When the on-off switch 111 is closed, the motor 36 will operate continuously to maintain constant circulation of liquid through the blanket 10. When the unit is first turned on, it can be. assumed that the thermostat contacts 100, 102 will be closed so that electric current also will start to flow through the heater 34- and the thermostat 90. This will initiate heating of the liquid in the reservoir 26 and also will start heating the bimetal strip 98 to induce air circulation through the thermostat chamber 93.
Current flow through the heater 34 and the thermostat 90 will continue for a period of time determined by the temperature of the ambient air to which the strip 98 is exposed. Also, the temperature of the circulating liquid entering the reservoir 26 will influence the temperature of the chamber wall In turn, this will have a hearing on the temperature of the conducting plate 94 and of the lower portion of the mounting plate 92.
Thus, the bimetal strip will be exposed to three temperature efiects; one being due to current flow through the strip 98, another being the temperature of the ambient air entering the chamber 93, and the third being the return liquid temperature. After a period of current flow through the heater 34 and thermostat 90, the strip 98 will become heated sufficiently to open the thermostat contacts 1130, 102 and shut off the heating current.
After a short time, assuming no change in ambient temperature and assuming that the liquid temperature still is not up to the required level, the thermostat contacts will close again and flow of heating current will resume. This on-oii' cycling will continue as long as the unit continues in operation, with variations in cycle time as determined by ambient temperature and liquid temperature.
The current tiow through the bimetal strip 93, and the consequent heating effect thereof on the strip will be essentially constant. Therefore, the time required for the thermostat strip 98 to open the contacts 100, 10.; on each cycle will depend on the rate of heat loss from the strip. In turn, this will depend on the temperature difference between the ambient air and the strip 93, and also the temperature difference between the mounting plate 92 and the strip. An increase in either the ambient air temperature or the mounting plate temperature will reduce the heater on time and increase the heater off time, thereby reducing the average heat input to the circulating liquid to permit the temperature thereof to decrease. As far as the mounting plate temperature is concerned, it is seen that this arrangement provides an elfective safety control.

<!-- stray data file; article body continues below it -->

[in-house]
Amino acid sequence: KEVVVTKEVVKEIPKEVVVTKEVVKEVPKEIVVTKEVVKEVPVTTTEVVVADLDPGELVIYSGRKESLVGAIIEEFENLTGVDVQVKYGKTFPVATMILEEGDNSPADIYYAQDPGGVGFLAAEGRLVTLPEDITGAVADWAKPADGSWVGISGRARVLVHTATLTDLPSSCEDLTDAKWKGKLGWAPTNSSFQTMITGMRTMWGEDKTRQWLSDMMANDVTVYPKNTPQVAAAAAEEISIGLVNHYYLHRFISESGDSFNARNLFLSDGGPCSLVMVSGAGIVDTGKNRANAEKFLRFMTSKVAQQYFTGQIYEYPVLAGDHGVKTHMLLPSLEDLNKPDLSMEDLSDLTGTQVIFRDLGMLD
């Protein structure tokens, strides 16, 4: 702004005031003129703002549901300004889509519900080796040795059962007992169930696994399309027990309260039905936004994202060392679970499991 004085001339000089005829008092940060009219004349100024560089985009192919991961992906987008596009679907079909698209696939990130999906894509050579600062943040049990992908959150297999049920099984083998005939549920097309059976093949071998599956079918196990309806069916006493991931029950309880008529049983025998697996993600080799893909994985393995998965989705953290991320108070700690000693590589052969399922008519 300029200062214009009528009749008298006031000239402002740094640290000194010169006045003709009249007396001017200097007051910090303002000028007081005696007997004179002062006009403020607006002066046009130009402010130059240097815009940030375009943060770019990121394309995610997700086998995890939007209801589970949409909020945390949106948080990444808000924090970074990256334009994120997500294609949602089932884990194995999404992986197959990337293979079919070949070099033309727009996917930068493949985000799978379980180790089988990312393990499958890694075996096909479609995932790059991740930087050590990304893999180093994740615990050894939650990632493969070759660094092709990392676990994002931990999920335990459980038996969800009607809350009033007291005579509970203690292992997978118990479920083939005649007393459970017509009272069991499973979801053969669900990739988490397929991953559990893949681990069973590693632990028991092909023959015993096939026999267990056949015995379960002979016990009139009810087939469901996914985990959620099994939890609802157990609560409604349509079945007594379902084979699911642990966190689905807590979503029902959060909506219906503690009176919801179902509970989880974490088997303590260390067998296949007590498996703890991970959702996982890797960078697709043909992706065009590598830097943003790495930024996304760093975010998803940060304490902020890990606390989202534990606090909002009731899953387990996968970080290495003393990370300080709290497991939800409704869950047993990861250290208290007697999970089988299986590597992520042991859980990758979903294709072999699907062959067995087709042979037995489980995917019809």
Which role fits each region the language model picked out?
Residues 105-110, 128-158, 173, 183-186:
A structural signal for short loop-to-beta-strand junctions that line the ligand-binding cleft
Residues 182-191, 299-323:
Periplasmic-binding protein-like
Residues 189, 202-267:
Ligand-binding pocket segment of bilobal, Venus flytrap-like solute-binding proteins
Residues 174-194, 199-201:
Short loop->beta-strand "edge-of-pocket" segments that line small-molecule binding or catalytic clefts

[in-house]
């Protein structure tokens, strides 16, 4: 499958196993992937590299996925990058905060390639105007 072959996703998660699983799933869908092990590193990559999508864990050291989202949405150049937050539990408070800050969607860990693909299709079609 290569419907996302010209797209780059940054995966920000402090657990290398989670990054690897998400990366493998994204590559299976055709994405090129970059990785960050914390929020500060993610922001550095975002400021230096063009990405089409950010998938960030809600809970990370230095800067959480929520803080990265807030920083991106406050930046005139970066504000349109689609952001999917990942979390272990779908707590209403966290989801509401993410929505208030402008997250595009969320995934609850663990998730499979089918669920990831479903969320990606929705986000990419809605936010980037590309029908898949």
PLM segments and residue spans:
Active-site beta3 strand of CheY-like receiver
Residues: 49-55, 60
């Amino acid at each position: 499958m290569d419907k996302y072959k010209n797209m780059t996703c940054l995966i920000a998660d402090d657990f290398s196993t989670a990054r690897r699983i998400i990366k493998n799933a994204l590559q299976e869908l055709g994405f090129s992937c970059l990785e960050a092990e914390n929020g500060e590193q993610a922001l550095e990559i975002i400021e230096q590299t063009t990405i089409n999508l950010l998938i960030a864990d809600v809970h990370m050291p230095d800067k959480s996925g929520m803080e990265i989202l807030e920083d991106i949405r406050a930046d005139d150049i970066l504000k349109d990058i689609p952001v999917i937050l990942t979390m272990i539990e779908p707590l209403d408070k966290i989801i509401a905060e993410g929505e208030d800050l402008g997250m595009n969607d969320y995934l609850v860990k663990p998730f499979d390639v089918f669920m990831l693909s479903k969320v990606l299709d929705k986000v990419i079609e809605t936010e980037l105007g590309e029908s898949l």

If, for example, circulation through the blanket is interrupted for some reason, the temperature of the reservoir wall 32 will go up rapidly. This temperature rise will quickly be transferred to the lower portion of the mounting plate 92 by the backing plate 94, causing the strip 9% to bend and hold the contacts 100, 102 open until the chamber wall 32 has cooled to a safe level.
In Figures 7-9 there is shown an alternative form of thermostat in the control unit of the present invention. In this embodiment, the thermostat comprises a main bimetal strip 98 mounted at one end on a spacer block 113 and attached by rivets 114 or the like to the mounting plate 92. The rivets 114 extend through the plate 92 to engage a wiring terminal 99 on the rear side of the plate 92. Also, the wiring terminal 103 for the fixed contact button 102 is located on the rear side of the plate 92.
In place of the backing plate 94 of Figures 2, 3 and 5, the control thermostat 90 in Figures 7-9 further includes a supplementary bimetal strip on the back side of the mounting plate 92. At one end, this supplementary bimetal strip 115 is attached to the mounting plate 92 by any suitable mounting means and so located as to engage the reservoir wall 32 when the mounting plate is in position. Accordingly, it is seen that the supplementary strip 115 is in direct thermal contact with the chamber wall 32 and will be directly responsive to the temperature thereof.
The supplementary strip 115 extends to a point adjacent to the main bimetal 98, and the free end of the strip 115 is engageable with one end of a reciprocable plunger 116 of insulating material. This plunger 116 extends through the mounting plate 92 so that its other end is engageable with the main bimetal 98 adjacent to the contact button 100. The plunger 116 is slidable endwise through the panel 92, so that it can be moved by the supplementary strip 115 into engagement with the main bimetal 98, upon flexing of the strip 115.
With this arrangement, it is preferable to have the control of circulating liquid temperature primarily dependent on the main bimetal 98, with the supplementary strip 115 being primarily operative as a safety control. In other words, the main bimetal 98 will cycle the heater on and off at a rate determined by the'ambient temperature, while the supplementary strip 115 will function at temperatures above the desired level to force the main strip into open contact position through the medium of the reciprocable plunger 116.
It will be understood, of course, that the desired operating temperature can be selected by rotating the knob 109, as previously described, that a change in the setting of the knob 109 will alter the temperature at which the main bimetal contacts 100, 102 will open and close. It will be observed that any change in the setting of the .control knob 109 will also change the temperature at which the supplementary strip 115 acts on the main bimetal 98 to open the contacts 100, 102.
With the arrangement shown in Figures 7-9, the effect of this is that when a lower liquid temperature is selected at the knob 109, the supplementary bimetal 115 becomes effective at a higher temperature than before, because of the greater curvature of the main bimetal 98. In many instances, it is preferable to have the response temperature of the supplementary strip 98 increase and decrease in step with increases and decreases in the temperature selected at the knob 109. This is accomplished very readily by reversing the relative locations of the plunger 116 and the contacts 100, 102. In other words, if the plunger 116 is so located as to contact the strip 98 at I or near the f ree end thereof, while the contacts 100, 102